No Jews have lived in this nondescript little town 80 miles southeast of Prague since the Holocaust, but driving in, you can’t miss the synagogue.
Rose-pink and ochre, with fanciful arched windows and a central peaked roof flanked by two squat towers, it rises dramatically over the rooftops, dominating the otherwise drab surroundings.
Inside, chandeliers glow above cream-colored walls and graceful arched galleries.
Though built in the 1850s, the synagogue looks brand-new — and in some ways it is. Derelict for decades, it has been painstakingly restored, inside and out, over the past few years.
This summer it was opened to the public as part of one of the most ambitious Jewish heritage revitalization projects in Europe — the Czech 10 Stars.
Carried out by the Federation of Czech Jewish Communities and financed by an approximately $14 million grant from the European Union, with further funding from the Czech Culture Ministry, the 10 Stars project links newly restored historic synagogues and other Jewish buildings in 10 towns, cities and villages widely scattered over all parts of the country.
Each site hosts a permanent exhibit focusing on one specific aspect of Jewish history, culture, religious life or traditions. There is space for concerts and other cultural events, and in several places Jewish cemeteries dating back centuries (and even a couple of mikvehs) lie within an easy walk.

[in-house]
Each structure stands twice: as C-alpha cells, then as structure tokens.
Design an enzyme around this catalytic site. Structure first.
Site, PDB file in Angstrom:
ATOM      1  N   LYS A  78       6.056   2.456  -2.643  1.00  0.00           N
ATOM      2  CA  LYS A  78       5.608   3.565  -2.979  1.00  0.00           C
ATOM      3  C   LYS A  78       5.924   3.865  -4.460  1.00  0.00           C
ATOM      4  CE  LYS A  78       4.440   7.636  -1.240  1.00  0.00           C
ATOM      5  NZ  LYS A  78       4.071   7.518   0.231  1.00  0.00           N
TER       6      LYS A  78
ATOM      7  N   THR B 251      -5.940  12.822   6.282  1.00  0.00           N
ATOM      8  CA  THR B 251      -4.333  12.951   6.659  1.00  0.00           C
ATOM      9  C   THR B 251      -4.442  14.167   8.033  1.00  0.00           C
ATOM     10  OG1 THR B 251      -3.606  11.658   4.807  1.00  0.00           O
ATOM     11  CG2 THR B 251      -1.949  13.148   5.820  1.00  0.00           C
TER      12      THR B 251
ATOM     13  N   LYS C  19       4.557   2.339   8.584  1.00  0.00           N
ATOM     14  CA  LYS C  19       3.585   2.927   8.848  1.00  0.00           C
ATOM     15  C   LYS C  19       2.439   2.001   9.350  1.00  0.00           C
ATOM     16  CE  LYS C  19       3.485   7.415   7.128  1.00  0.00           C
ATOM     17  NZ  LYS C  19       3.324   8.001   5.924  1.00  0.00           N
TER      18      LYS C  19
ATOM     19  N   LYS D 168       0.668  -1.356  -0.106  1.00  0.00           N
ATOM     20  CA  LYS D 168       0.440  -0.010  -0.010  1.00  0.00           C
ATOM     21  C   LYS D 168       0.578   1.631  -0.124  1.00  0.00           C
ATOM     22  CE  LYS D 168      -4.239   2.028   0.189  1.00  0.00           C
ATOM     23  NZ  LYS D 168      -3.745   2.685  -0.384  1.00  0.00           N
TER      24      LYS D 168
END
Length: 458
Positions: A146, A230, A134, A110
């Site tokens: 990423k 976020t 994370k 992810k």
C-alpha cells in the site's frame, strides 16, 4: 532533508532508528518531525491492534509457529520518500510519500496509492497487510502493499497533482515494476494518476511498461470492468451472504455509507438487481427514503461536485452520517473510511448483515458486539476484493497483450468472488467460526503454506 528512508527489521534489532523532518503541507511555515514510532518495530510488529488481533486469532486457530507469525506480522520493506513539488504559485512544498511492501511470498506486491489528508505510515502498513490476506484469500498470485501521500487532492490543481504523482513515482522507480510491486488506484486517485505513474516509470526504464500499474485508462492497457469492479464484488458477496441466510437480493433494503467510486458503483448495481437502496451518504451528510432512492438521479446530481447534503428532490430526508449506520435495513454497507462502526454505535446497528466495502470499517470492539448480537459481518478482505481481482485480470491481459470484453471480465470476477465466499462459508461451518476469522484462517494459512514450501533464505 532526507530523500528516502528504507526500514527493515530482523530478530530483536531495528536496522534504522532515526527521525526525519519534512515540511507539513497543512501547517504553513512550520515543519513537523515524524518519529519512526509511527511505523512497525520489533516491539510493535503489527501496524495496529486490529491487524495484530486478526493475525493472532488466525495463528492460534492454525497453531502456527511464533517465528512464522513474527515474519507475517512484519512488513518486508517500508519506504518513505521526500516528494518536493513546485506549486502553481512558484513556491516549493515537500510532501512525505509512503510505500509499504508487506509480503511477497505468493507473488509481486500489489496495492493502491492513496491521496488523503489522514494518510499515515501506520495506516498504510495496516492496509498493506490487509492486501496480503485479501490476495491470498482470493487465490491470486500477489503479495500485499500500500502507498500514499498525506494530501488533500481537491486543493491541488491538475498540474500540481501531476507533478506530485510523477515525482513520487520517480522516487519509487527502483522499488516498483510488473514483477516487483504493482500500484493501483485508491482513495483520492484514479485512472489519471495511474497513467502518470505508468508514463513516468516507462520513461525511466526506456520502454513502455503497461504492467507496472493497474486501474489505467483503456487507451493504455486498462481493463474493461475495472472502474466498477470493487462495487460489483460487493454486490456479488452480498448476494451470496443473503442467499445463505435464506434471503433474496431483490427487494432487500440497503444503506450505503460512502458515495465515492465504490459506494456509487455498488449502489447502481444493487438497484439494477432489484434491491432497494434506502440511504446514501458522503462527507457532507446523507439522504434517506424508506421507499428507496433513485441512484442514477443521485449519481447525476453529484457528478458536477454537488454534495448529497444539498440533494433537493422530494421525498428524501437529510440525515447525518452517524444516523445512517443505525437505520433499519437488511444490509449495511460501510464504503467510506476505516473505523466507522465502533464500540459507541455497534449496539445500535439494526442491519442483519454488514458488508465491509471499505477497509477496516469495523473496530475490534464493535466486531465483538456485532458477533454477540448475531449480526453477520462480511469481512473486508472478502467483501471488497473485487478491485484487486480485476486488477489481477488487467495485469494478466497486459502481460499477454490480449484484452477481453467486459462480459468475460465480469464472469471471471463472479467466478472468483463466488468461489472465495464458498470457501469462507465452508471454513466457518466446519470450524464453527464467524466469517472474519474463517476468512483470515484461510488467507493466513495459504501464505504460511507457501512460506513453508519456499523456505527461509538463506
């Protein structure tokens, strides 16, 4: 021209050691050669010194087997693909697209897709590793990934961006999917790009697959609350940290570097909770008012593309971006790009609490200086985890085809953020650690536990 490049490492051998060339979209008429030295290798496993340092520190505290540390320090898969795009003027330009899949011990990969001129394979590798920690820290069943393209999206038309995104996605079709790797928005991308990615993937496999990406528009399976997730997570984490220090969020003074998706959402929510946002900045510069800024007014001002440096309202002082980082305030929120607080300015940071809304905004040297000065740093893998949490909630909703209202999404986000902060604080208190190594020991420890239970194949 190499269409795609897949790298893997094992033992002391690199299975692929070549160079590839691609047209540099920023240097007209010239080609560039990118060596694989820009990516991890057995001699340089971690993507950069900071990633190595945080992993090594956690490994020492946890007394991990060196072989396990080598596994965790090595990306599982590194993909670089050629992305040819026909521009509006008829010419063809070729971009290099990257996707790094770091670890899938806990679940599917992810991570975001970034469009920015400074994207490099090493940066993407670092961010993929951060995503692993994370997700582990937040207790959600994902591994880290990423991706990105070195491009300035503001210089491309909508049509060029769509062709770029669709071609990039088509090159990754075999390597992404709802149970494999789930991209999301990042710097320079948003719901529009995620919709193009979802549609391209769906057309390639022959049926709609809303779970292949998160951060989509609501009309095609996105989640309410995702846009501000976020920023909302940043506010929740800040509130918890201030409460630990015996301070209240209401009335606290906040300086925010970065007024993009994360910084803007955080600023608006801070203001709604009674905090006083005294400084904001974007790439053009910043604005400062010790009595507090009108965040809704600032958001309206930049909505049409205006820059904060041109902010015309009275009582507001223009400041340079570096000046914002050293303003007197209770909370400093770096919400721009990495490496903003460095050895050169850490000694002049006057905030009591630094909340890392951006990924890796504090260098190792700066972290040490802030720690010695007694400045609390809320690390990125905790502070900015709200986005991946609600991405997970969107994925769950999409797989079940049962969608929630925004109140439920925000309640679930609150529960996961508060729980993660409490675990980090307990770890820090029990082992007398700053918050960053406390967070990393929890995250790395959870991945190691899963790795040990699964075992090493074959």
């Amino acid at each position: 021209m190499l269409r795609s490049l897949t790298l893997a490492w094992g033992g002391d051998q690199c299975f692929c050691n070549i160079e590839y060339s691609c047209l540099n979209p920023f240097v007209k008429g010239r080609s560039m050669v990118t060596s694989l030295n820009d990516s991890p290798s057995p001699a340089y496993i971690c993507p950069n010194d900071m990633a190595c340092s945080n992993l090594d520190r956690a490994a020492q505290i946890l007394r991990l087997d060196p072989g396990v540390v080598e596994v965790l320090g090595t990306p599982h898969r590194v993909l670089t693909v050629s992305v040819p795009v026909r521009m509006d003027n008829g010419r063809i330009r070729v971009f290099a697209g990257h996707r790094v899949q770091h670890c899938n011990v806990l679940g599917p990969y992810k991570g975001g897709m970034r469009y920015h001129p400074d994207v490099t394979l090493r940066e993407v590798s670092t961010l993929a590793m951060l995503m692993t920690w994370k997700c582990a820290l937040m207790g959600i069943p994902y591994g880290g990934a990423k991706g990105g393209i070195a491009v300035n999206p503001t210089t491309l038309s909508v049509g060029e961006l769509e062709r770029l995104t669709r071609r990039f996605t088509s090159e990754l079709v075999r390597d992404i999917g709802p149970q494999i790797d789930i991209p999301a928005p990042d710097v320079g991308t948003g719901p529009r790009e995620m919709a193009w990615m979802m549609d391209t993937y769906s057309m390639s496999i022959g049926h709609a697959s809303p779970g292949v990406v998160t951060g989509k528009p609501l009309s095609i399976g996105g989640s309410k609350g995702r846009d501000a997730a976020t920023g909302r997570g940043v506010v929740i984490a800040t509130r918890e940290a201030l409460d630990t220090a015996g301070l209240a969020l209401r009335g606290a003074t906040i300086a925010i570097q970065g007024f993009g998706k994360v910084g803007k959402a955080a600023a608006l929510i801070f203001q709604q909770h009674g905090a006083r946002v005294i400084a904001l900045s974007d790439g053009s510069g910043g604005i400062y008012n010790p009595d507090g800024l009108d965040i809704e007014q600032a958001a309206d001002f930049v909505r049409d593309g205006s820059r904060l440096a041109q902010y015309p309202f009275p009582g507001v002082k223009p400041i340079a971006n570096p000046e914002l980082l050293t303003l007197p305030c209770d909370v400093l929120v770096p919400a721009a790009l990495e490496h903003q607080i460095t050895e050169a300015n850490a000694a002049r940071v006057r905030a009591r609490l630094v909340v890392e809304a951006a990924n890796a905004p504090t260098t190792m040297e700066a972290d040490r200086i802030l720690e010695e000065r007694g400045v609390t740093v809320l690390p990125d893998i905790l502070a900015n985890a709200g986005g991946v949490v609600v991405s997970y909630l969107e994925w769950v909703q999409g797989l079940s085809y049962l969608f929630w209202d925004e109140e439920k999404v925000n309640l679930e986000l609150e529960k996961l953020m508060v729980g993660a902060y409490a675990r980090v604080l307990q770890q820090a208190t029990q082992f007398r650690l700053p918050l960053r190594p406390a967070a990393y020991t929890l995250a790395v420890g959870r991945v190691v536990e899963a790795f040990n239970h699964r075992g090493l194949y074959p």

“The sites were chosen for their local importance,” Tomas Kraus, secretary general of the Federation, which owns the buildings, told me. “Each had to have something special, an added value.”
It all forms a network of regional Jewish cultural centers — a 10 Stars constellation, if you will — that creates what amounts to a multi-venue Jewish museum that stretches nationwide.
“The idea is that if you visit one of the sites, even by chance, you will realize that there are nine other parts of the exhibition, so you will want to visit them, too,” Kraus told me.
Mostly well off the usual tourist track, the 10 Stars sites include Úštěk, Jičín and Brandýs nad Labem-Stará Boleslav to the north; Plzeň and Březnice to the west; Nová Cerekev and Polná in the south-central area; and Boskovice, Mikulov and Krnov to the east.
In four rushed days in July, I crisscrossed the country trying to see as many of them as I could, racking up hundreds of miles on my car and managing to get to seven of the 10.
The synagogues, dating from the 16th to the 19th centuries, have been restored as closely as possible to their pre-World War II state, which means in most cases to breath-taking splendor. Some even had to be re-restored to correct faulty renovations done in the past.
“Our goal was to bring the buildings back to how they were,” project director Jan Kindermann said.
“We worked from old photographs and the restorers made studies to determine original decorations and colors,” he said. “We restored things where we found something; but if we found nothing, we rebuilt.”
In Mikulov, on the border with Austria, for example, where a restoration from 1977–1989 destroyed many of the synagogue’s fixtures and ornamentation, experts recovered the original wall and ceiling paintings and installed a replica of the ornate baroque ark. Replica Arks were also installed in Polná, Krnov and Brandýs nad Labem.